Andrew Haigh, who would later go on to direct the equally impressive 45 Years, really contributes a personal feeling to the film. As director and writer, his dialogue is so authentic and realistic that you often find yourself remembering that it is a film and not just watching two real people go through this. That’s the power of the film, you really get that intimacy and sincerity of real life through the journey of both men, figuring out what is next on the cards for them. Haigh discovers humour, pathos and romance in the gradual attraction of Russell and Glen, rounding out events with a real slice of life quality. The usage of natural lighting grounds everything in a realistic fashion, not needing any fancy edits or oodles of style to get to the point. Everything has a feeling of being a fly on the wall, which adds to the growing intimacy of the two men and the audience. Situations that are familiar to all of us; the first meaningful conversation, uneasy coming clean with buried angst and the connection of physical pleasure are all here in observant and clear-eyed fashion. Even the two main sex scenes, which while revealing and holding nothing back, have a depth as they showcase the changing dynamic of the relationship. In them, you can see these two people gaining acceptance and converging in a physical and mental way and finding solace and perhaps something else in each other’s arms . There are no big, melodramatic declarations of true love, overt tragedy or sappy ending to be found in Weekend, it is too perceptive and honest for that sort of thing. Instead, a sensitive bond that may be uncertain and unsteady yet loaded with unexpected connection forms between Russell and Glen, and is beautiful to observe. Now there are many that might label Weekend just a gay movie that only has limited appeal in terms of audience, but that does it a major disservice as it has things that will appeal to all walks of life. Topics of conversation may include aspects of defining homosexuality and prejudice, but the story itself has a far-reaching thematic value that is complimented by these insights. To be honest, the fear of getting close, awkwardness of realising attraction and confronting fears are the biggest points of the film that are observed with nuance and . I believe that anyone, no matter what your sexual orientation, will find something relatable and truthful in Weekend. It simply has a really intimate way of expressing itself through meaningful situations that seem real( as opposed to Hollywood gloss) and having a refreshing maturity and sincerity to them. And it doesn’t become pat or obvious in the long run either. As the title suggests, the film takes place within a short period of time. But that doesn’t mean that weekend is at all rushed. It favours the progressing approach that truly fleshes out both men and allows for souls to be bared and contemplate their feelings. Now if that sounds like the same old story that’s been done before, nothing could be further from the truth in Weekend. Sure are opposites who are attracted to each other, but it’s the almost documentary like execution of the piece that feels almost like a chamber work that lends a beautiful openness and emotional heft to it.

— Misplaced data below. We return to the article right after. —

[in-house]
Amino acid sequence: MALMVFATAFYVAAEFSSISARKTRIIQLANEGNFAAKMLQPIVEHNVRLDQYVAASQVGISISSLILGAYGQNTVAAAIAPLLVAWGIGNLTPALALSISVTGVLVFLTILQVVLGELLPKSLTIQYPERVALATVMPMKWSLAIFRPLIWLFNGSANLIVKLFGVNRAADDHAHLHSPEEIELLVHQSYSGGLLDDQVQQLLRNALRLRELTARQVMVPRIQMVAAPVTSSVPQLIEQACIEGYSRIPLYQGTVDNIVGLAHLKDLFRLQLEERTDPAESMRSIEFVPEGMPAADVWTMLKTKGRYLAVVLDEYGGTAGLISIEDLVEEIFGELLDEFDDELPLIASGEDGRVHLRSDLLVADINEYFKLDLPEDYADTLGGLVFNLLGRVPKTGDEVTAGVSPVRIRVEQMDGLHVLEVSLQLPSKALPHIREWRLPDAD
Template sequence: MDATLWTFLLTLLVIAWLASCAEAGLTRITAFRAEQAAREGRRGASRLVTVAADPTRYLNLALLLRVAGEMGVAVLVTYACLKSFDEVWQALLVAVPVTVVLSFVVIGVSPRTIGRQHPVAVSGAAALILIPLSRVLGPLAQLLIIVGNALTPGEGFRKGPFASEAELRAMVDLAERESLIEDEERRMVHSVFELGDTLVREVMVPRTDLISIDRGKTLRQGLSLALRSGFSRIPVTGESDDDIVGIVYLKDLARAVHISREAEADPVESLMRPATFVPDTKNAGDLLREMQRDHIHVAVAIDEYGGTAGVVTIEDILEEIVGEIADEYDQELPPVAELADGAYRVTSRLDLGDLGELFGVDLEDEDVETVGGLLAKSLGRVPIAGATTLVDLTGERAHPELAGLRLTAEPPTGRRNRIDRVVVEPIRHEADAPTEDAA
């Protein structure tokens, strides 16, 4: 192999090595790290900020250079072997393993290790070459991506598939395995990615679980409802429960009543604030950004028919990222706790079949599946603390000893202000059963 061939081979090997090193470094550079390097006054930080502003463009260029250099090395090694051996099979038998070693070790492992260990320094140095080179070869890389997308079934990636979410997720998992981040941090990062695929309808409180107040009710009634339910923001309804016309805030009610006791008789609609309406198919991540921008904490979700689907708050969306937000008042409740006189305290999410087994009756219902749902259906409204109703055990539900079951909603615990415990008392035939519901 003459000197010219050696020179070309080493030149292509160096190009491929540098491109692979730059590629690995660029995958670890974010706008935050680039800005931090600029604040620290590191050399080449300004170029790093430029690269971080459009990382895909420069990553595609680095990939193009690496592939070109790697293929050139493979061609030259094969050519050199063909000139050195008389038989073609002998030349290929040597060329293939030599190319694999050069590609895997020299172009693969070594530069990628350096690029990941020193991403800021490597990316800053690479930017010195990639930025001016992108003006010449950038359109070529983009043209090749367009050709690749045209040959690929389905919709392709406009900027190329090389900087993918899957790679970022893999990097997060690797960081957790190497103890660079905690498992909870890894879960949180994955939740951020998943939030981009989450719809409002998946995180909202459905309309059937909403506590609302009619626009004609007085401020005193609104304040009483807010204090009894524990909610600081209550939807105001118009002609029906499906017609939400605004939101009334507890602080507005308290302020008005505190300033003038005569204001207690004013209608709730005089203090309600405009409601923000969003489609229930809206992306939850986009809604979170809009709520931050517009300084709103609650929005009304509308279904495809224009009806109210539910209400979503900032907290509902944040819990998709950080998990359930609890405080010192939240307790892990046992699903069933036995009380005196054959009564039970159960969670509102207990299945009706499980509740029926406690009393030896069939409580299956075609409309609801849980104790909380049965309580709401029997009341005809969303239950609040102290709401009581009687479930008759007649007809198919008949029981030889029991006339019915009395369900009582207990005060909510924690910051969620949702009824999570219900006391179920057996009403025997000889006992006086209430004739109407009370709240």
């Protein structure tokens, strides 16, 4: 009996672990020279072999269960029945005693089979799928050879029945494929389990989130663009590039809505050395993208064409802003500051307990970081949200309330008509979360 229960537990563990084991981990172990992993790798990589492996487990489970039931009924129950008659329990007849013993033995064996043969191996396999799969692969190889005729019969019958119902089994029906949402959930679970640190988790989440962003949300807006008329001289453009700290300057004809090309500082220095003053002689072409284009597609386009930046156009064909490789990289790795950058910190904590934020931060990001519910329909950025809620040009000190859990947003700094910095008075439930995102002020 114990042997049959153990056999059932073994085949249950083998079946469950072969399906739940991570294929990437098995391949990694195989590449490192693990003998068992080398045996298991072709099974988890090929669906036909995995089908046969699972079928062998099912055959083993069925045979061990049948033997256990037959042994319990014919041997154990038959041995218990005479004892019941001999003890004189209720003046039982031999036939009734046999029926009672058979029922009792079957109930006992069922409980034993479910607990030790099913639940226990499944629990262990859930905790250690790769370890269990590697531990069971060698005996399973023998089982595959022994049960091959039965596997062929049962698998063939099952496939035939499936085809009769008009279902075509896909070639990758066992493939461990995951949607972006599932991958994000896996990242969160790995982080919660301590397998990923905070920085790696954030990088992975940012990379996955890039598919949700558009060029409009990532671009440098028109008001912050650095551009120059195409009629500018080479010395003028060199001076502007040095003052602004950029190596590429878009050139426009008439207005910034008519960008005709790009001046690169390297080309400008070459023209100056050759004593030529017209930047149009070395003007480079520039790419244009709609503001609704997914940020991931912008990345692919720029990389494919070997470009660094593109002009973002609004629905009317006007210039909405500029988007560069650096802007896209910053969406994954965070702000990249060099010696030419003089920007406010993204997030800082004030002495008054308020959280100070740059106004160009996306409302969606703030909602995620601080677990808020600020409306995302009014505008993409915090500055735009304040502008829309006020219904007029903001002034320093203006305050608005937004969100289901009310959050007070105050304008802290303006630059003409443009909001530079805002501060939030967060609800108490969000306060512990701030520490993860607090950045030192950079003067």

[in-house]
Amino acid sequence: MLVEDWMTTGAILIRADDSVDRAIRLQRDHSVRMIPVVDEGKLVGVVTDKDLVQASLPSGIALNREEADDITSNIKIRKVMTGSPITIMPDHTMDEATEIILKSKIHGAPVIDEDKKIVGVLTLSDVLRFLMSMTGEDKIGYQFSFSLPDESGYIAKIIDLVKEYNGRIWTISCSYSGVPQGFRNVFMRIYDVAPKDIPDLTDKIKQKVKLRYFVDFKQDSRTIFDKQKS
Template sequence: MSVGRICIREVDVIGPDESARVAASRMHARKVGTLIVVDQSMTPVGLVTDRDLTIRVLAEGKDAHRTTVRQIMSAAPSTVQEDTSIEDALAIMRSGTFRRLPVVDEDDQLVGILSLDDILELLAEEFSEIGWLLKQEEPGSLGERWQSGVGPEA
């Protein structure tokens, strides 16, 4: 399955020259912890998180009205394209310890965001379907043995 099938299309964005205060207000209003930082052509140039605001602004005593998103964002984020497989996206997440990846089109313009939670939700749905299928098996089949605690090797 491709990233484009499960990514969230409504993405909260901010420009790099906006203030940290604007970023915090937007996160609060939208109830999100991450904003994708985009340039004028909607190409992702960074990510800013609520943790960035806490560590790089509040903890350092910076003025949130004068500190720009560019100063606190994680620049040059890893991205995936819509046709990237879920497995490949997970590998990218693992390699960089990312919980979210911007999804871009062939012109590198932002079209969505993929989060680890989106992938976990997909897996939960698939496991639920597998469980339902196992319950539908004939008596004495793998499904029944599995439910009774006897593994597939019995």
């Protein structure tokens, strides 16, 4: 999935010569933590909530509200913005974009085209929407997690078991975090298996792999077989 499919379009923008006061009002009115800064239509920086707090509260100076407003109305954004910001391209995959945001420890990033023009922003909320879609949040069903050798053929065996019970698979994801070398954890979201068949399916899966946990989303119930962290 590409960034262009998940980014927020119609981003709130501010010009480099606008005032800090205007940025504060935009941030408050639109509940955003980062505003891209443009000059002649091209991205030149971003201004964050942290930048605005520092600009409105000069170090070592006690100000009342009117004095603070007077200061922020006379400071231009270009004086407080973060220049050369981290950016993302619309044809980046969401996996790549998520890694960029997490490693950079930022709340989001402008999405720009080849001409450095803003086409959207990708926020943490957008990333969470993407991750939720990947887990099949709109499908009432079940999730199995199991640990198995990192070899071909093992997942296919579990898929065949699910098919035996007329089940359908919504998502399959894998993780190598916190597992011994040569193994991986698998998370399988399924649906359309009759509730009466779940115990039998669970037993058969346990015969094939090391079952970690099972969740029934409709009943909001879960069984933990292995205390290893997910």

At the centre of it all are two marvellously engaging and natural performances from Tom Cullen and Chris New. Cullen possesses an affable but introverted manner that is perfectly used for Russell, who is often the more quiet of the two and not quite comfortable in his skin just yet. Complimenting this awkwardness is the bravado of Chris New, who lets us glimpse his characters reasoning for not wanting a relationship and how his show of brash attitude is something of a mask. Both performances are nuanced and organic, aiding the realistic tone of the movie and presenting two well-rounded individuals questioning things they never thought they’d have too. Plus, the burgeoning chemistry between the two is gradual and completely honest in every way. These two are simply sublime in a film that touches the soul and highlights how sometimes its easier to open up to a stranger than someone close.

A sensitive, heartfelt movie that boasts a naturalistic dialogue and unaffected, organic performances from the two leads, Weekend is a touching, perceptive and engaging film of two people finding an unexpected bond that will resonate with everyone for its universal messages and truths.